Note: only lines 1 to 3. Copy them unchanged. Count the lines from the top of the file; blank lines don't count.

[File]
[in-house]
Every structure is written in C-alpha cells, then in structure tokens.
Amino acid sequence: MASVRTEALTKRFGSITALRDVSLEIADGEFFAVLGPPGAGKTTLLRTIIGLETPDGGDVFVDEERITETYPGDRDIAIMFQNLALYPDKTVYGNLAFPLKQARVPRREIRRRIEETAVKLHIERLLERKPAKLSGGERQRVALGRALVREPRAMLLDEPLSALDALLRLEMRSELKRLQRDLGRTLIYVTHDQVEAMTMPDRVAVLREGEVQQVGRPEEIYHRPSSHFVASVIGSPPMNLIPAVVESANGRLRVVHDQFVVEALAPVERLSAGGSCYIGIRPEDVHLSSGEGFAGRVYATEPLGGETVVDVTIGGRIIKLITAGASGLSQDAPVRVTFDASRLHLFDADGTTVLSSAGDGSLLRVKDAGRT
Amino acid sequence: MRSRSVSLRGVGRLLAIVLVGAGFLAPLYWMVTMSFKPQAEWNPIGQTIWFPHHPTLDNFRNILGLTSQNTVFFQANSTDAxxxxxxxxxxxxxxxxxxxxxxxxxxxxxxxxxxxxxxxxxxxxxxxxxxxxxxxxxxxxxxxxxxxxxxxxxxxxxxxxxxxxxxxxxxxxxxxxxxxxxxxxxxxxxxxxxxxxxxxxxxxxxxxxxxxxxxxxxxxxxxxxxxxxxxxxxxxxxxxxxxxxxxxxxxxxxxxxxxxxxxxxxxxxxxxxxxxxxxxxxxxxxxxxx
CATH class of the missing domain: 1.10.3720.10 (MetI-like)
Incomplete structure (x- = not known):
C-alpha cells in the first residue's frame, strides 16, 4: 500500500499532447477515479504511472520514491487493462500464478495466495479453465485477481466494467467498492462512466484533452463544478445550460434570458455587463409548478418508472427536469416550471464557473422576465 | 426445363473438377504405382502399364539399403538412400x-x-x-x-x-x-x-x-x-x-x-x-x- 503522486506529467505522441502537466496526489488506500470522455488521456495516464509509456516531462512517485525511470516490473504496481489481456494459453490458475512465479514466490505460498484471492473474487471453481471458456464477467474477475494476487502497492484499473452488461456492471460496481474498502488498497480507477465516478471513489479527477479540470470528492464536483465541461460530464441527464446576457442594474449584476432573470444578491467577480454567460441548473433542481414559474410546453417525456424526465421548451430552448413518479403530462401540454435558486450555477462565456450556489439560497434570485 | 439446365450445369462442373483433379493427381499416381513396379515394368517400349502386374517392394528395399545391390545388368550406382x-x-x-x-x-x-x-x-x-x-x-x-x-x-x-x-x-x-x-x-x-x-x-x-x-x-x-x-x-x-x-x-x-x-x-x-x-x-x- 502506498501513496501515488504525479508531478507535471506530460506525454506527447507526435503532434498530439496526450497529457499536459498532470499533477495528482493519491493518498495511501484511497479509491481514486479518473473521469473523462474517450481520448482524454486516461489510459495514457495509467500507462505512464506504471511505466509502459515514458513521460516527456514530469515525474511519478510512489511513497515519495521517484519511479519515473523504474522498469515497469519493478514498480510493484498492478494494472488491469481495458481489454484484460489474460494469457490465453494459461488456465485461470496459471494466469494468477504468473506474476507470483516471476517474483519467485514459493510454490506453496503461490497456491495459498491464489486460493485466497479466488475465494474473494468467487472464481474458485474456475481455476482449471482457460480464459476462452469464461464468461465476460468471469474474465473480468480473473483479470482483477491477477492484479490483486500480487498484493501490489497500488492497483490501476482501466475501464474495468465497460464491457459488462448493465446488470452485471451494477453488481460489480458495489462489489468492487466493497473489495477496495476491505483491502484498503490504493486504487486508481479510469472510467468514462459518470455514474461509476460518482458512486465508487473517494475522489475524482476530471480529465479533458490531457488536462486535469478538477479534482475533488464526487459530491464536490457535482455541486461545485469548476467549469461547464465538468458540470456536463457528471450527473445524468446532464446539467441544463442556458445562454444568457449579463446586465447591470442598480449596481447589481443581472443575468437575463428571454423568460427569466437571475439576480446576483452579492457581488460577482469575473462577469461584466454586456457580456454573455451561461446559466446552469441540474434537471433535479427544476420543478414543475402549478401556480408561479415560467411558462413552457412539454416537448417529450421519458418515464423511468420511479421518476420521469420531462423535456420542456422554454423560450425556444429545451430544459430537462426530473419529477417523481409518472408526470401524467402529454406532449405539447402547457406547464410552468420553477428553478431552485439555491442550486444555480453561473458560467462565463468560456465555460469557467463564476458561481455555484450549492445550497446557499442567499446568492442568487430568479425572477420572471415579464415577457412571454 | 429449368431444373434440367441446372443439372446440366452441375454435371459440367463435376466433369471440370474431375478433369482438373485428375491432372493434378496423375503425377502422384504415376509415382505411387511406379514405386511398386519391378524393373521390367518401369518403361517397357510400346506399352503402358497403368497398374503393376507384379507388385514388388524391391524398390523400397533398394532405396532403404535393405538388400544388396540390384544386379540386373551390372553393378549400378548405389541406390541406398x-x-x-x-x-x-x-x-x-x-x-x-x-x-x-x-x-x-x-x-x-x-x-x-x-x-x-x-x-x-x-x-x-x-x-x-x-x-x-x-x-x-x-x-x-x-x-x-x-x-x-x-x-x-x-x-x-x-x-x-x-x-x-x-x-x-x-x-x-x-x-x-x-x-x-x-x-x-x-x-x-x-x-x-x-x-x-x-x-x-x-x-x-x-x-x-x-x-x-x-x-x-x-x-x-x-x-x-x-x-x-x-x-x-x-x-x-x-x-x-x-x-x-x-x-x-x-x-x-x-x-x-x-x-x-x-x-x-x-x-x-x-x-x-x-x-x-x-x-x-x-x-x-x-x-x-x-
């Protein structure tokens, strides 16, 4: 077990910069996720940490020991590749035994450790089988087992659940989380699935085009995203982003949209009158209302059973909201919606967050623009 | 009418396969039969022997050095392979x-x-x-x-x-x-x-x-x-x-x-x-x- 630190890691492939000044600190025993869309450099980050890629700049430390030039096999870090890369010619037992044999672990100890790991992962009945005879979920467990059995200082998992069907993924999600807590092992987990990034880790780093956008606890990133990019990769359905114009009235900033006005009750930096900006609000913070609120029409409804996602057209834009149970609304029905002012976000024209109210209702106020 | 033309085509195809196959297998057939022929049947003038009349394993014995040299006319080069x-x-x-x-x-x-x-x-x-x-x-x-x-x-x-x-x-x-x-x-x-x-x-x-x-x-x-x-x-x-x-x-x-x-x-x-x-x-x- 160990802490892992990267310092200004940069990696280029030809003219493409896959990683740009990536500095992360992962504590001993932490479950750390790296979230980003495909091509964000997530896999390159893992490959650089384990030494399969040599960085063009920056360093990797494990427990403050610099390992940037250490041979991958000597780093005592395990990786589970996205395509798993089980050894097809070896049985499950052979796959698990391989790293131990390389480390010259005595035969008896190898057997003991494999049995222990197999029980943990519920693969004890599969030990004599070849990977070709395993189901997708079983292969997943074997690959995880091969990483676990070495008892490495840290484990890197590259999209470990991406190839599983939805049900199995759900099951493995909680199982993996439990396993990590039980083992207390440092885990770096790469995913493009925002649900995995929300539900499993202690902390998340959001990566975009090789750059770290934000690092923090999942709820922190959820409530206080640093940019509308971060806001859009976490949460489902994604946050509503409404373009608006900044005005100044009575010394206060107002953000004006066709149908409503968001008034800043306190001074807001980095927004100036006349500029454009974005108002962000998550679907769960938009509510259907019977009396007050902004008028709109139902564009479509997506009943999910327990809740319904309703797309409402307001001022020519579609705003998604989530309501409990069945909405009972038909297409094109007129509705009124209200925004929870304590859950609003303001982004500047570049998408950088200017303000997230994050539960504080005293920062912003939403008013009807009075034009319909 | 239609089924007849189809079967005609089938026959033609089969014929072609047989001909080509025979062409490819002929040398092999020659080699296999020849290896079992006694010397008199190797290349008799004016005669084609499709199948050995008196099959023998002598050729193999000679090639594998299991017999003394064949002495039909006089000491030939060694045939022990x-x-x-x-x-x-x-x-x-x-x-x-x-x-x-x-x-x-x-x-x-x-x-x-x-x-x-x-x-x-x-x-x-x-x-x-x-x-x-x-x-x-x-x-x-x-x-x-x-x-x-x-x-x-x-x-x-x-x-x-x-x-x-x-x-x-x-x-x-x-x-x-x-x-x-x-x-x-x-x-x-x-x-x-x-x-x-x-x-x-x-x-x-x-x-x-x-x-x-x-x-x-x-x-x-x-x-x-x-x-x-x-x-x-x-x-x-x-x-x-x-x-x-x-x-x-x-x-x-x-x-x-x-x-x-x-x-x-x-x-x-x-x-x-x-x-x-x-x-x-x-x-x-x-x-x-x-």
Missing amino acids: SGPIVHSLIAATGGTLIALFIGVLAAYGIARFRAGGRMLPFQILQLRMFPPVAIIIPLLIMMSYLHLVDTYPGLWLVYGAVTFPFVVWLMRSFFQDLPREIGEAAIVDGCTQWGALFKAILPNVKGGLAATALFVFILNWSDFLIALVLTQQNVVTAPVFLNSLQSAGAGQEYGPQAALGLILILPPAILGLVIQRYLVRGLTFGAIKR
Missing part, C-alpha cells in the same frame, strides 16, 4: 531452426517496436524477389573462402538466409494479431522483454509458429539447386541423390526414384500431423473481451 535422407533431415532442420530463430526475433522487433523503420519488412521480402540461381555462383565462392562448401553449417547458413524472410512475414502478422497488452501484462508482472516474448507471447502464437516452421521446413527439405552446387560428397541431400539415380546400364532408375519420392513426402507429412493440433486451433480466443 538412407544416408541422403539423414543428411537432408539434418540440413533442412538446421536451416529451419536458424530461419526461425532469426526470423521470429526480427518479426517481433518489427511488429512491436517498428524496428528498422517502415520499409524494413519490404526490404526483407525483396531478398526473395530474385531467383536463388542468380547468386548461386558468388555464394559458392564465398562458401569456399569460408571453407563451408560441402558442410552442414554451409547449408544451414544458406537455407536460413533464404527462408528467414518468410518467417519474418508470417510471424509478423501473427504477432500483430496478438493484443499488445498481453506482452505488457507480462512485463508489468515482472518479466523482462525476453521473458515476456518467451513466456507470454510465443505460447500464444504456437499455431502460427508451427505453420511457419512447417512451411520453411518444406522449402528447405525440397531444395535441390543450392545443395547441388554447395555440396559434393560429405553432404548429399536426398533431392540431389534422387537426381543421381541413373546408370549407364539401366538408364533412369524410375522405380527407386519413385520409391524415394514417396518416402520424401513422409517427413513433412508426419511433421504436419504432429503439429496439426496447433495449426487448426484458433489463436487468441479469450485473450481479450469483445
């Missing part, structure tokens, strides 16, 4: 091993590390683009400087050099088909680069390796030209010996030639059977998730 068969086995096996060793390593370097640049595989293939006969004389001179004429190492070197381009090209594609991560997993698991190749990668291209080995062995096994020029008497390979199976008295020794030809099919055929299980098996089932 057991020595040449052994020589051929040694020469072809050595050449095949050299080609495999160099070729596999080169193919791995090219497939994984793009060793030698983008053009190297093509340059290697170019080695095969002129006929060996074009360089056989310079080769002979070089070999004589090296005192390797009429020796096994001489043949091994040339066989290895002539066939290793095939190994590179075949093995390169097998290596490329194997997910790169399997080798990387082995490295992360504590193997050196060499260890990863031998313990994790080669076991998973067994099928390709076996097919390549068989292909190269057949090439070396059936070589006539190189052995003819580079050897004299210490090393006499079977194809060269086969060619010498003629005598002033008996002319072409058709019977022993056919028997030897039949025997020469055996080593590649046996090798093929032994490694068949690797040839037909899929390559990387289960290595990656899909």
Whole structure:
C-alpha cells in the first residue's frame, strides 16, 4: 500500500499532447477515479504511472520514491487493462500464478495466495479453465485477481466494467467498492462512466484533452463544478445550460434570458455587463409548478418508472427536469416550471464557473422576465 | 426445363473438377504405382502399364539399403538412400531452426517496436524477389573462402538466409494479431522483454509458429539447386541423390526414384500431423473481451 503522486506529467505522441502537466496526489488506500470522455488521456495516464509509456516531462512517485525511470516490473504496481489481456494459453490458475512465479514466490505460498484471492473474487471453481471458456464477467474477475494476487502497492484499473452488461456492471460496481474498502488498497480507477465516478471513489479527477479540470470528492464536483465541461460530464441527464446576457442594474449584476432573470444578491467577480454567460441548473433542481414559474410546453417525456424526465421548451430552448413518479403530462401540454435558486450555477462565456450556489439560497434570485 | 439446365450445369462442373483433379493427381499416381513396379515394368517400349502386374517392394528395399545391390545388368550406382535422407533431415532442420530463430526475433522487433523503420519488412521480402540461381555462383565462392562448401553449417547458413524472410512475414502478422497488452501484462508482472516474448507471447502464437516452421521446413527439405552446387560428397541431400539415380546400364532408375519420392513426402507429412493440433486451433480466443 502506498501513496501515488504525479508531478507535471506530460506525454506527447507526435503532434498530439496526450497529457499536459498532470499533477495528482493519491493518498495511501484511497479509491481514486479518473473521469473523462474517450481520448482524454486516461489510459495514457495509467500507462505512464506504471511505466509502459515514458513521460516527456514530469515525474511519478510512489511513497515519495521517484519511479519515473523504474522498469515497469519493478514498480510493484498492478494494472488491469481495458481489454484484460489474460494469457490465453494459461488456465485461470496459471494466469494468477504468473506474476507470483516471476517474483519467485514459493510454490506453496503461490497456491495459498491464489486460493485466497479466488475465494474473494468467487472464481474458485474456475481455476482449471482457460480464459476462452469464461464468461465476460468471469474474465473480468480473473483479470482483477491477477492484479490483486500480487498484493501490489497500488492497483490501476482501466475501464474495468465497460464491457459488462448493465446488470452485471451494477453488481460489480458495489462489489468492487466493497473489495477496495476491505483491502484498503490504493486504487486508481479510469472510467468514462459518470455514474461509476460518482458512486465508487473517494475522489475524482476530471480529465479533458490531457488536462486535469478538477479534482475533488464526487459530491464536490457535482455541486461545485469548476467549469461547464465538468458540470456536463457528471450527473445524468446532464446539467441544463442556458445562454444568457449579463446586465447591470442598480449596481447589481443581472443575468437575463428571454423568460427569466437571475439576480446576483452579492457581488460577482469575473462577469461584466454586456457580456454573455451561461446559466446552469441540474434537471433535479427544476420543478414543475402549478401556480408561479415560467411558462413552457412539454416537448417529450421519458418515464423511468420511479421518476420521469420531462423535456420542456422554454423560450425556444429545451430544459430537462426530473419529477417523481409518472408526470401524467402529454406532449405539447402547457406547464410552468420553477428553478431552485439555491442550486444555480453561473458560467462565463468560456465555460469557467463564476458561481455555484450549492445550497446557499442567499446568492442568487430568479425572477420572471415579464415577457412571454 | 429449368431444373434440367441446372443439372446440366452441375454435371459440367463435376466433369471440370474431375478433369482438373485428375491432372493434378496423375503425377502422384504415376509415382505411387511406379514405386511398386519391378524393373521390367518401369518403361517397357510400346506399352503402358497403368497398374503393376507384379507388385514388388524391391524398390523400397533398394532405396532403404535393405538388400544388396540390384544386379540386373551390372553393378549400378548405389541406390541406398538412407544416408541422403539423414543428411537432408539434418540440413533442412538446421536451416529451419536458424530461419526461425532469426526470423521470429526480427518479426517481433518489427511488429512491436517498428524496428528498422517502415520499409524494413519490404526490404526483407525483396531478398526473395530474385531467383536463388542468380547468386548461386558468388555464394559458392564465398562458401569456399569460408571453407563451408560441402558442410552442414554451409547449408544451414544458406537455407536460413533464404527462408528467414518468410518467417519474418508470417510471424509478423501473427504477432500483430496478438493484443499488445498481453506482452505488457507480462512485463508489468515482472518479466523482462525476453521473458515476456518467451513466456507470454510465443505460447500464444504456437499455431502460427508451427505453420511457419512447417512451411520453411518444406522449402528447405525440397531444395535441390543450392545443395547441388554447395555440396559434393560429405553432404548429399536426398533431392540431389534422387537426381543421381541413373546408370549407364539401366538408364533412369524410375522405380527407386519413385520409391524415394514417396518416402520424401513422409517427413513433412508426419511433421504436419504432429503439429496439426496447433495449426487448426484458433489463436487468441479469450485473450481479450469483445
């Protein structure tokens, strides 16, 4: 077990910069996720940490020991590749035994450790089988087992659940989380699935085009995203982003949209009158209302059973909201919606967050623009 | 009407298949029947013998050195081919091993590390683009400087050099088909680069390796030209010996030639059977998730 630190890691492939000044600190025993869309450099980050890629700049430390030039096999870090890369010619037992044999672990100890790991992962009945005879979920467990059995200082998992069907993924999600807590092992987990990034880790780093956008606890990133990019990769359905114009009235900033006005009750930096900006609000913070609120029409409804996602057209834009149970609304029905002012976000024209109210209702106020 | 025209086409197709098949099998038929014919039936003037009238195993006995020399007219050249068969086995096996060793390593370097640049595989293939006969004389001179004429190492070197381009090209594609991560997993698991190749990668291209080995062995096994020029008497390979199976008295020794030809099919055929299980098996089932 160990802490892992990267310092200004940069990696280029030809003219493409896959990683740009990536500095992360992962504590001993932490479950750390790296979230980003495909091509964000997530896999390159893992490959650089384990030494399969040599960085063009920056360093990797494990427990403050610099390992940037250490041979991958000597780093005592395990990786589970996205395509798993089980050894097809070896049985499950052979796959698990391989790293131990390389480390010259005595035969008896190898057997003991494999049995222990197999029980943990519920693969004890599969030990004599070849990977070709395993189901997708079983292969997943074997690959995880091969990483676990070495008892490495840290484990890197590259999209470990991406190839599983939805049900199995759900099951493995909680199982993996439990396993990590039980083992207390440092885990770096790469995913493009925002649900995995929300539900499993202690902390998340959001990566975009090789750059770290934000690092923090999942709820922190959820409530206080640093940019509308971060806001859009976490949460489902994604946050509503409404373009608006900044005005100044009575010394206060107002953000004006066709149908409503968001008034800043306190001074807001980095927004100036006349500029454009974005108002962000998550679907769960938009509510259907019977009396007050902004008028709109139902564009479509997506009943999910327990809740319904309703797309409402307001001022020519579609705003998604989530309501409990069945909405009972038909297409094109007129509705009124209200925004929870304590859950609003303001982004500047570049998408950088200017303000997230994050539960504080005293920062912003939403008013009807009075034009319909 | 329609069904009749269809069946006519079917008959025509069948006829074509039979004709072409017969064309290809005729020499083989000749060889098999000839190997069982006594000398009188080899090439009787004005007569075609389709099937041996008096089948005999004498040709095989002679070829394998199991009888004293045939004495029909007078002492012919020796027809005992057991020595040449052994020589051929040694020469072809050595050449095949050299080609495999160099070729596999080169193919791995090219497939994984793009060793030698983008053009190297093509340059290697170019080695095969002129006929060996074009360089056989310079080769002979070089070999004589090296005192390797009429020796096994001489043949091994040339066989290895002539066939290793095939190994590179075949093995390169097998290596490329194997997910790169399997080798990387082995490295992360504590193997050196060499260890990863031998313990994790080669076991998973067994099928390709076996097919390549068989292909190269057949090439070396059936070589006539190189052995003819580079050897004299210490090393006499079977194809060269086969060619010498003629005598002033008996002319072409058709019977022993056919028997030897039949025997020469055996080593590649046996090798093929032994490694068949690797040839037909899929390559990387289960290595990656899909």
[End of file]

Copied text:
[in-house]
Every structure is written in C-alpha cells, then in structure tokens.
Amino acid sequence: MASVRTEALTKRFGSITALRDVSLEIADGEFFAVLGPPGAGKTTLLRTIIGLETPDGGDVFVDEERITETYPGDRDIAIMFQNLALYPDKTVYGNLAFPLKQARVPRREIRRRIEETAVKLHIERLLERKPAKLSGGERQRVALGRALVREPRAMLLDEPLSALDALLRLEMRSELKRLQRDLGRTLIYVTHDQVEAMTMPDRVAVLREGEVQQVGRPEEIYHRPSSHFVASVIGSPPMNLIPAVVESANGRLRVVHDQFVVEALAPVERLSAGGSCYIGIRPEDVHLSSGEGFAGRVYATEPLGGETVVDVTIGGRIIKLITAGASGLSQDAPVRVTFDASRLHLFDADGTTVLSSAGDGSLLRVKDAGRT